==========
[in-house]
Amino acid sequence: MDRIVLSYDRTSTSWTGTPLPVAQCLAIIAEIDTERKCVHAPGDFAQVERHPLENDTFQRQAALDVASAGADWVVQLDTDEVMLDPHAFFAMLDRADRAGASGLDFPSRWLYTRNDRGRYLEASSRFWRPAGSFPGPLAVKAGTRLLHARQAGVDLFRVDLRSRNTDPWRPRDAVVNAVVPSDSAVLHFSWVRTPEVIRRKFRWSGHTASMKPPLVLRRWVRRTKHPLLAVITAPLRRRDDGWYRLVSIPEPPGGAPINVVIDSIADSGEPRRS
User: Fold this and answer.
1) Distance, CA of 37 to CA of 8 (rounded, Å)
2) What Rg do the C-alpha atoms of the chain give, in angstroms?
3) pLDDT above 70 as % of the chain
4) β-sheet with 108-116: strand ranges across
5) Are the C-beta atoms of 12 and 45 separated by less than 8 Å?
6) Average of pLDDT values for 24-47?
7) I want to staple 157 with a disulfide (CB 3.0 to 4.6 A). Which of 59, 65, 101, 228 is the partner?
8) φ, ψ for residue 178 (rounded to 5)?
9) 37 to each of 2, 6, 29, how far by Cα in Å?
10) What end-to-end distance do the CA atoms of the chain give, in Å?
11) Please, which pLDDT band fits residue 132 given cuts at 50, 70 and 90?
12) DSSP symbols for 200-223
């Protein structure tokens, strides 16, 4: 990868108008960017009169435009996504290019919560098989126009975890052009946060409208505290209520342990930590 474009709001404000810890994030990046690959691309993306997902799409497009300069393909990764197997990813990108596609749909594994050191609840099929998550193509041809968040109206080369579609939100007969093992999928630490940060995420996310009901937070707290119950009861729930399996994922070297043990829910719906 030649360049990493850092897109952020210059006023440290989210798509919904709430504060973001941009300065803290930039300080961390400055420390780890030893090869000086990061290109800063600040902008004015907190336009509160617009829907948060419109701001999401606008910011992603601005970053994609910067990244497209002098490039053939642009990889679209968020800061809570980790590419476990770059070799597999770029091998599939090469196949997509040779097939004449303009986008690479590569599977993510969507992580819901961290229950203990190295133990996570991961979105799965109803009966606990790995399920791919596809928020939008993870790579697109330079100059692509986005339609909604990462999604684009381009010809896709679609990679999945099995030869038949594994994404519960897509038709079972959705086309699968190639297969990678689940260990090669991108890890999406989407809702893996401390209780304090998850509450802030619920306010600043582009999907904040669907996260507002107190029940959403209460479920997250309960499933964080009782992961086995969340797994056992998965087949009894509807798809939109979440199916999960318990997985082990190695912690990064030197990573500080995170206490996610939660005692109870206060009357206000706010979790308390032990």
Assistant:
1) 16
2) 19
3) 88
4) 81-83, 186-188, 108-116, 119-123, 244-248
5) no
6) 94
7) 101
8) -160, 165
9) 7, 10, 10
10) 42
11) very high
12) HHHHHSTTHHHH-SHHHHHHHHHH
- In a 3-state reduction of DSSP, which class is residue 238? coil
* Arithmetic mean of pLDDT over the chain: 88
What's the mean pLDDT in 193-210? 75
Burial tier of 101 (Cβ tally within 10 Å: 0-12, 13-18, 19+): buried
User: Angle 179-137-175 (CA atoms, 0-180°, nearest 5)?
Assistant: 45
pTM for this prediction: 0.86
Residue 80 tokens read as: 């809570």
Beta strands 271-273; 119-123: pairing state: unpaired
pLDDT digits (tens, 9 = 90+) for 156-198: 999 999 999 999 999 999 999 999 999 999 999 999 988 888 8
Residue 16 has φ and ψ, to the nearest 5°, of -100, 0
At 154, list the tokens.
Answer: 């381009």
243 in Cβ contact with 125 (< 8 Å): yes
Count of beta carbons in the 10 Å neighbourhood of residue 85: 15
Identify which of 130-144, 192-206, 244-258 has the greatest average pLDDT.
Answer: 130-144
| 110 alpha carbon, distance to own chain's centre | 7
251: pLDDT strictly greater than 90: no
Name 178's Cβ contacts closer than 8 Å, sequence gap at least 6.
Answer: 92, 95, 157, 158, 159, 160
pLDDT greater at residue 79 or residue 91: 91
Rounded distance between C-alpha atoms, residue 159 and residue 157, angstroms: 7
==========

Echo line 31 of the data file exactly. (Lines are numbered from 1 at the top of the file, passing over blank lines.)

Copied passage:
* Arithmetic mean of pLDDT over the chain: 88